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Alert Notice 293

             THE AMERICAN ASSOCIATION OF VARIABLE STAR OBSERVERS
                   25 Birch Street, Cambridge, MA 02138 USA
                          INTERNET:  aavso@aavso.org
                   Tel. 617-354-0484       Fax 617-354-0665

                   AAVSO ALERT NOTICE 293 (January 28, 2002)

1731-16 NOVA OPHIUCHI 2002

We have been informed by the Central Bureau for Astronomical Telegrams (IAU
Circular 7808) that Katsumi Haseda, Aichi, Japan, and Yuji Nakamura, Suzuka,
Mie, Japan, independently discovered a nova in Ophiuchus.  Haseda's discovery
was made at photographic magnitude 9.0 on an exposure taken January 24.838 UT
using a 0.10-m f/4 twin patrol camera + T-Max 400 film.  Nakamura's discovery,
reported by M. Soma, National Astronomical Observatory, Tokyo, was made at
photographic magnitude 9.3 on an exposure taken January 24.867 UT using a
200-mm f/4 lens + Tri-X film.

Doug West, Mulvane, KS, measured the nova at V magnitude 9.19 on a CCD image
taken by him on January 26.5271 UT using his 0.2-SCT telescope (+ SBIG ST-8
CCD + transmission grating), and at the coordinates:

    R.A. = 17h 37m 34.60s     Decl. = -16 degrees 23' 23.2"     (2000.0)

West's image may be seen on the AAVSO web site page dedicated to this object
(http://www.aavso.org/noph02.stm).

Haseda reported that nothing was visible at the location of the object down to
magnitude 12.5-13.1 on patrol photographs taken 1997 August 23 - 2001 October
11 (IAU Circular 7808). West reported that the new object was not visible on
the DSS.

Spectroscopy by A. Retter and S. O'Toole, University of Sydney, R. Stathakis
and J. Pogson, Anglo-Australian Observatory, and T. Naylor, Exeter University,
on January 26.77 UT using the Anglo-Australian Telescope (+ RGO) indicate that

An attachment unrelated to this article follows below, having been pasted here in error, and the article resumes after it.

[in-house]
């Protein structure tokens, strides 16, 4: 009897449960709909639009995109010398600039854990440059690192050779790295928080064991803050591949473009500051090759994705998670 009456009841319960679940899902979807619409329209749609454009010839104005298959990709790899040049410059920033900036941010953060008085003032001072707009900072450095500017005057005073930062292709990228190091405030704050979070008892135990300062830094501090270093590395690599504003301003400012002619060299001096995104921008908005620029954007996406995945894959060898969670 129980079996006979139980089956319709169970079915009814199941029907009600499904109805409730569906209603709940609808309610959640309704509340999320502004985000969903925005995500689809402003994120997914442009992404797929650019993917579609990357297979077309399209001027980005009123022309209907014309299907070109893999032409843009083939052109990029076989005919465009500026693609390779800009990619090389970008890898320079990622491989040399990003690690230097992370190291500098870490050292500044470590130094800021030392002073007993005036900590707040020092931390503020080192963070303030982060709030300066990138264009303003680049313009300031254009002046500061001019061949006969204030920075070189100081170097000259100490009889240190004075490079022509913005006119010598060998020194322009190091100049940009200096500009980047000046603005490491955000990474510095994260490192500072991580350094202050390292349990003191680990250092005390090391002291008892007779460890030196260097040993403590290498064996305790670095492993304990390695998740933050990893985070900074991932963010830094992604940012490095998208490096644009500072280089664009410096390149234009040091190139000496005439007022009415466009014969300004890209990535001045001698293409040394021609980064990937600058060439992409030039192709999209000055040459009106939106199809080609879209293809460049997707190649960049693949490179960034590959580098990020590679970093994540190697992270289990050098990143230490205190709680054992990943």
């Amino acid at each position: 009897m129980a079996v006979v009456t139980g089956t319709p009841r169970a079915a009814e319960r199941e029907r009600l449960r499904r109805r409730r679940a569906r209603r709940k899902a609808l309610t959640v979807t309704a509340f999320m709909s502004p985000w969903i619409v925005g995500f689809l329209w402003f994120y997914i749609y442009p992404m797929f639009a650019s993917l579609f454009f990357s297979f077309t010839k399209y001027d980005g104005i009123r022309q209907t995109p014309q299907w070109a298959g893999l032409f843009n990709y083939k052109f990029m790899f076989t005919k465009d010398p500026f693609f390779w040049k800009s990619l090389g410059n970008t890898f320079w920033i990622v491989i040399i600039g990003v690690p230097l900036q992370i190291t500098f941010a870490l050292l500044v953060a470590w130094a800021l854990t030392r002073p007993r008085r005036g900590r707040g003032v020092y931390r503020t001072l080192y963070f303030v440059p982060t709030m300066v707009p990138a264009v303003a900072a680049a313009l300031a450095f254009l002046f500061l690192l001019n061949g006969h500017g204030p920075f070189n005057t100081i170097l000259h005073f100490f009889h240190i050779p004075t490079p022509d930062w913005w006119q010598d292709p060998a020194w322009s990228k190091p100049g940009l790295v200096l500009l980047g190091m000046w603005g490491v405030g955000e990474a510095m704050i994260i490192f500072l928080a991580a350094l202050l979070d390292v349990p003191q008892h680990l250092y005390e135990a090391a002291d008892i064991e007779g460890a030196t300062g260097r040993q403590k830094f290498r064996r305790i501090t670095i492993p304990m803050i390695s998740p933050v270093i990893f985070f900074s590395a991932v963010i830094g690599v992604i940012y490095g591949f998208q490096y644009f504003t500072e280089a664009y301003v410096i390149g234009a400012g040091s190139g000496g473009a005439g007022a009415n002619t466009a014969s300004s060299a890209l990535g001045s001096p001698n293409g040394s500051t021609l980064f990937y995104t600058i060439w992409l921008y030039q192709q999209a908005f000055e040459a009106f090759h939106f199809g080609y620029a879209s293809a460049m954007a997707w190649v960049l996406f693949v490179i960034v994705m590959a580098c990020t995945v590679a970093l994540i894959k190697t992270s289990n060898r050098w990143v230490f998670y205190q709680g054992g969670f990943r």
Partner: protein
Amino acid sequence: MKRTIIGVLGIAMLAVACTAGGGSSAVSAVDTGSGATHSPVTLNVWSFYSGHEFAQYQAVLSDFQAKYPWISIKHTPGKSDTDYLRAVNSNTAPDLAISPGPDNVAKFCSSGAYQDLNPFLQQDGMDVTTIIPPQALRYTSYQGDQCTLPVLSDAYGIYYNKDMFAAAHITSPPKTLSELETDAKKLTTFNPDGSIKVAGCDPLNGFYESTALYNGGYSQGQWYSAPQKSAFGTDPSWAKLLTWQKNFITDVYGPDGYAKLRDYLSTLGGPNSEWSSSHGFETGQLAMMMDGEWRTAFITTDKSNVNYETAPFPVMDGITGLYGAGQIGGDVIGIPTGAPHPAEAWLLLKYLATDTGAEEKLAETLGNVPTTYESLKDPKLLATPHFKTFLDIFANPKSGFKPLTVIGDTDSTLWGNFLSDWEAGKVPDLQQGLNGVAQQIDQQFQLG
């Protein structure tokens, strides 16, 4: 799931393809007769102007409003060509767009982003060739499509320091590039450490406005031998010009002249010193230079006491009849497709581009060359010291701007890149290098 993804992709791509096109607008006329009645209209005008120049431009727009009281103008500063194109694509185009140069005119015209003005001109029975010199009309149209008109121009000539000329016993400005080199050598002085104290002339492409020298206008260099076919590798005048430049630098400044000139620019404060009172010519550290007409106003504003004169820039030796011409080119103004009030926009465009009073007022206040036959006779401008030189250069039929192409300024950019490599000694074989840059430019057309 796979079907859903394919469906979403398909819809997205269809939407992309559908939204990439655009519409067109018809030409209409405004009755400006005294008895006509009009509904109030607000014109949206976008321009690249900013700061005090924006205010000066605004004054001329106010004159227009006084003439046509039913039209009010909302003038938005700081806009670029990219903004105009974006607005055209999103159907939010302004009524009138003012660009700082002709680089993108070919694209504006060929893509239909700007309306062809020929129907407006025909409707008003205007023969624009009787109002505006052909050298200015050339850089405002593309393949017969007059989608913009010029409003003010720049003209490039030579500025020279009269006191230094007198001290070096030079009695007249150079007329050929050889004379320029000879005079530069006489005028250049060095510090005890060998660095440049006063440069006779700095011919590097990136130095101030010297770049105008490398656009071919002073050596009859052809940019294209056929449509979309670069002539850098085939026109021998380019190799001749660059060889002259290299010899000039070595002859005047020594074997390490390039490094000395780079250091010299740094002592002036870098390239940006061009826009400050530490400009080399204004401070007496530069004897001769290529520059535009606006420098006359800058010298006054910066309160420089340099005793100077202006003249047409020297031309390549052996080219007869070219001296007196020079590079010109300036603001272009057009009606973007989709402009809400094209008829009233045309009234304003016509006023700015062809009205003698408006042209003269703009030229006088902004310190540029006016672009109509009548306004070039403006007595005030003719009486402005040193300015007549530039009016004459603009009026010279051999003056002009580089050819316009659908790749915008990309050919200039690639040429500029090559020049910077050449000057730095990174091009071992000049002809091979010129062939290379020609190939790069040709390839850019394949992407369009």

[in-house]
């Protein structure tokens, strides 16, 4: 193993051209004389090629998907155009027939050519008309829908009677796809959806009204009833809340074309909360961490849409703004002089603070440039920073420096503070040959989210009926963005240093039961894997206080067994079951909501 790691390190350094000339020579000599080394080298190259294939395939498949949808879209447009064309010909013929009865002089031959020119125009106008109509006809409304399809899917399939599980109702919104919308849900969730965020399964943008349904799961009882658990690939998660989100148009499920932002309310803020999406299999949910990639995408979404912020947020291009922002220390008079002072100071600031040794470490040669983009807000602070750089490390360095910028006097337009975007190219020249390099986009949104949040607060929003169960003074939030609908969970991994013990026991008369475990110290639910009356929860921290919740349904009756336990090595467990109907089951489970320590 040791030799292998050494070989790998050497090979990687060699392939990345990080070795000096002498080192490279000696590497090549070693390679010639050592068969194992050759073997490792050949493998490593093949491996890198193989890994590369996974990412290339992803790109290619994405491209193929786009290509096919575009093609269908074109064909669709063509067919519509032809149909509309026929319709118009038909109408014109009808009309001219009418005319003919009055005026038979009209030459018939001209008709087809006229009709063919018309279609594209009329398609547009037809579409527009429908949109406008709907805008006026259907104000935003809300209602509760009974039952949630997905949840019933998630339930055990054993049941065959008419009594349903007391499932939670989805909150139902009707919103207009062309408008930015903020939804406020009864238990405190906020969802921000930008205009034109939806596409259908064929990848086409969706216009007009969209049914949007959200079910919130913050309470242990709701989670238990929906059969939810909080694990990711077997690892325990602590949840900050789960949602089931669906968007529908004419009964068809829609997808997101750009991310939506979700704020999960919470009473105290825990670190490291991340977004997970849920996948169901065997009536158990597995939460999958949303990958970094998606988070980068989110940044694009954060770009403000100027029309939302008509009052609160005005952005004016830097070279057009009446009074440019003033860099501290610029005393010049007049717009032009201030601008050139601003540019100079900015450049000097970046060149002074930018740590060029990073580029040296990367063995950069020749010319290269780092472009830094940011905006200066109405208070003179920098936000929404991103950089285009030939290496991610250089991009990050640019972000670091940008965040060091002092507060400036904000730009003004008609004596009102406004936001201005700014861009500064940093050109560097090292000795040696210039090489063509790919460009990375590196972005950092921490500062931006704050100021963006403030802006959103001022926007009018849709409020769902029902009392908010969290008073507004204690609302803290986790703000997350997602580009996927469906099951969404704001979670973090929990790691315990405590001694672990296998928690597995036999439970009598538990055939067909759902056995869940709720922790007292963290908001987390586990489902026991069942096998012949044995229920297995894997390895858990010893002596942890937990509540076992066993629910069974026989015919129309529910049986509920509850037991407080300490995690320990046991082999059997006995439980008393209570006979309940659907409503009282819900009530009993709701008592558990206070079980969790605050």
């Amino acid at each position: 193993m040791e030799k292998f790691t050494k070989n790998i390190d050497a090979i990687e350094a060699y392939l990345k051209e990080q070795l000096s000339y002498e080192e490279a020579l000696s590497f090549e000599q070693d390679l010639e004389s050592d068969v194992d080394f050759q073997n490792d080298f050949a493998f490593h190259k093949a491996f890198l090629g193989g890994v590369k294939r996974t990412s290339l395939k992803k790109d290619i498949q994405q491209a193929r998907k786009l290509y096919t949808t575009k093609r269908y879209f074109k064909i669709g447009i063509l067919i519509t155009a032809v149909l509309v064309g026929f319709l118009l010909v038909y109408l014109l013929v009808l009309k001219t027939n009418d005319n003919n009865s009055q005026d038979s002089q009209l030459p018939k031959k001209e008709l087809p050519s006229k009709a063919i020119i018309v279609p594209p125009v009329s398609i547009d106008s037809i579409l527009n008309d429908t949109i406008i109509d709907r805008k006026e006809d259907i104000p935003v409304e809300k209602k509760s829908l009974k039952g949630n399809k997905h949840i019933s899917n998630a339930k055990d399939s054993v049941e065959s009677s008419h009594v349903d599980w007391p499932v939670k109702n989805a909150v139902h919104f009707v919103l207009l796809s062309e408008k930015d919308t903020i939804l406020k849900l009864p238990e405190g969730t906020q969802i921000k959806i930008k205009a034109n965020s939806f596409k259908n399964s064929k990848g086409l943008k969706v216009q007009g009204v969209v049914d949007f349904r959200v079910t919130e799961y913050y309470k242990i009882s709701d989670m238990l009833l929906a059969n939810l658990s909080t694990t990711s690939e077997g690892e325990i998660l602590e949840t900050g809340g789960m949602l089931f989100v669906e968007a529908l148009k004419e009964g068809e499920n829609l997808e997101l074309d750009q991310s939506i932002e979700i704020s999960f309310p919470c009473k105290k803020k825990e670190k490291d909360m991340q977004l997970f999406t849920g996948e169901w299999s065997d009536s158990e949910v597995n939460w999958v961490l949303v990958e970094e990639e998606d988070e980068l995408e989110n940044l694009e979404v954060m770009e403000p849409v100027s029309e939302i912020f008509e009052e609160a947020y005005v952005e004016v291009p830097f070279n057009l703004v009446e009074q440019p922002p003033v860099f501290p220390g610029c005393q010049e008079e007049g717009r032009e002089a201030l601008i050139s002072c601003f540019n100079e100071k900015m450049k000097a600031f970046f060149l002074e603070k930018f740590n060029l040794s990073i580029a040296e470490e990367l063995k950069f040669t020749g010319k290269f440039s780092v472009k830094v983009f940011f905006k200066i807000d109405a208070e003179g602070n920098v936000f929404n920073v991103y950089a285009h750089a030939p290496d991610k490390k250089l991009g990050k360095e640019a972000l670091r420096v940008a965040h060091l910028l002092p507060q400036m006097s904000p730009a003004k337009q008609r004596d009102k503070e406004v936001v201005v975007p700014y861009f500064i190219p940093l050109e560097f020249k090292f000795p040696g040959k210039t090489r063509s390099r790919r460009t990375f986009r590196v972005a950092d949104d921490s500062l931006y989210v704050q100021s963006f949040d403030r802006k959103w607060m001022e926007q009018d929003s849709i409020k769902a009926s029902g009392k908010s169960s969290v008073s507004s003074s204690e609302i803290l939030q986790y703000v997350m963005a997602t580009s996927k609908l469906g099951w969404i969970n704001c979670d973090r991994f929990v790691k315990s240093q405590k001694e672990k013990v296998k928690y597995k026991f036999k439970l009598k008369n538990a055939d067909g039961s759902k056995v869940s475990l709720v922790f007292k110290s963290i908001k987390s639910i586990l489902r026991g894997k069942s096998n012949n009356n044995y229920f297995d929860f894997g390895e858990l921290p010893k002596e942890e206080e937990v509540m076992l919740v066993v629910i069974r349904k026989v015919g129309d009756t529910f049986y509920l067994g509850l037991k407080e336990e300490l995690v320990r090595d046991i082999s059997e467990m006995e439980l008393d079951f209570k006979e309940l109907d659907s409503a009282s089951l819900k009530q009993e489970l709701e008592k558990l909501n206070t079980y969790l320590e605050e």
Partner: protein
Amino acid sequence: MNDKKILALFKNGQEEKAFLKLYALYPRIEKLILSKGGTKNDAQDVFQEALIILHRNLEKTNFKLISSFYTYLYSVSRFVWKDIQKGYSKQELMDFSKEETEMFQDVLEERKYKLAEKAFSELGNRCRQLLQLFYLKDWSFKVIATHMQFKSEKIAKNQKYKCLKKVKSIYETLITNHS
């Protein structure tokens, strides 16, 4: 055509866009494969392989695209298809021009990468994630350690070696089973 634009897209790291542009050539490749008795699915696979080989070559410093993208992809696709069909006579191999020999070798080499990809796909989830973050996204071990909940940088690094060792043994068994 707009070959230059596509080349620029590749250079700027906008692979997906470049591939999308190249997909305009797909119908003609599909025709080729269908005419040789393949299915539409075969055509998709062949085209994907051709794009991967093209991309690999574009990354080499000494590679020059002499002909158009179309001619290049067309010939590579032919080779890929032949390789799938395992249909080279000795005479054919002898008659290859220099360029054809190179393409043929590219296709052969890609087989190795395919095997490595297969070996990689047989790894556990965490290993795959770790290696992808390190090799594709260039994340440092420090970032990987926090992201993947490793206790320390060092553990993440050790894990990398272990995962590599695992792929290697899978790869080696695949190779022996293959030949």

the object is "very likely a classical nova that belongs to the Fe II class,
caught in the early decline phase" (IAU Circular 7809).  Spectra obtained by
West on January 26.527 UT show H-alpha emission.

Pre-discovery observations reported via IAU Circular 7809 include: January
19.854 UT, 8.9 photographic, T. Seki, Kochi, Japan, communicated by H. Sato,
Sukagawa, Japan, and T. Kato, Kyoto University; 21.854, 8.5 T-Max 400 film,
H. Nishimura, Kakegawa, Shizuoka, Japan, communicated by Y. Muraoka, Hamamatsu,
Japan, and Kato; 24.843, 9.0, Nishimura.

Additional observations reported to the AAVSO include:  January 26.5306 UT,
8.67 CCD R_c, D. West, Mulvane, KS; 26.857, 9.1, A. Pearce, Nedlands, W.
Australia; 27.333, 9.2, J. Garcia, Rama Caida, Argentina; 27.3715, 9.03 CCD
with R- and IR-blocking filters, W. Liller, Vina del Mar, Chile; 27.6583, 8.9,
M. Linnolt, Honolulu, HI; 27.833, 9.0, Pearce.

Accompanying is an AAVSO 'c' scale chart of N Oph 02 prepared by Aaron Price,
AAVSO Headquarters, with sequence prepared by Mike Simonsen using Tycho-2
magnitudes.  Please use this chart to observe the nova, and report your
observations of 1731-16 N OPH 02 to AAVSO Headquarters, making sure to
indicate which comparison stars you used. Please note that a 'c' scale
reversed chart is also available from the AAVSO website or on request.

Congratulations to Katsumi Haseda and Yuji Nakamura on their discoveries!

1424+00  SUPERNOVA 2002ao IN UGC 9299 (VIRGO)

We have been informed by the Central Bureau for Astronomical Telegrams (IAU
Circular 7809) that P. Martin and W. D. Li, University of California at
Berkeley, reported the discovery of an apparent supernova by LOTOSS (the joint
Lick Observatory and Tenagra Observatory Supernova Searches) at CCD magnitude
about 14.3 on an unfiltered CCD image taken on January 25.5 UT with the 0.8-m
Katzman Automatic Imaging Telescope (KAIT).

The supernova was confirmed by Y. L. Qiu, Beijing Astronomical Observatory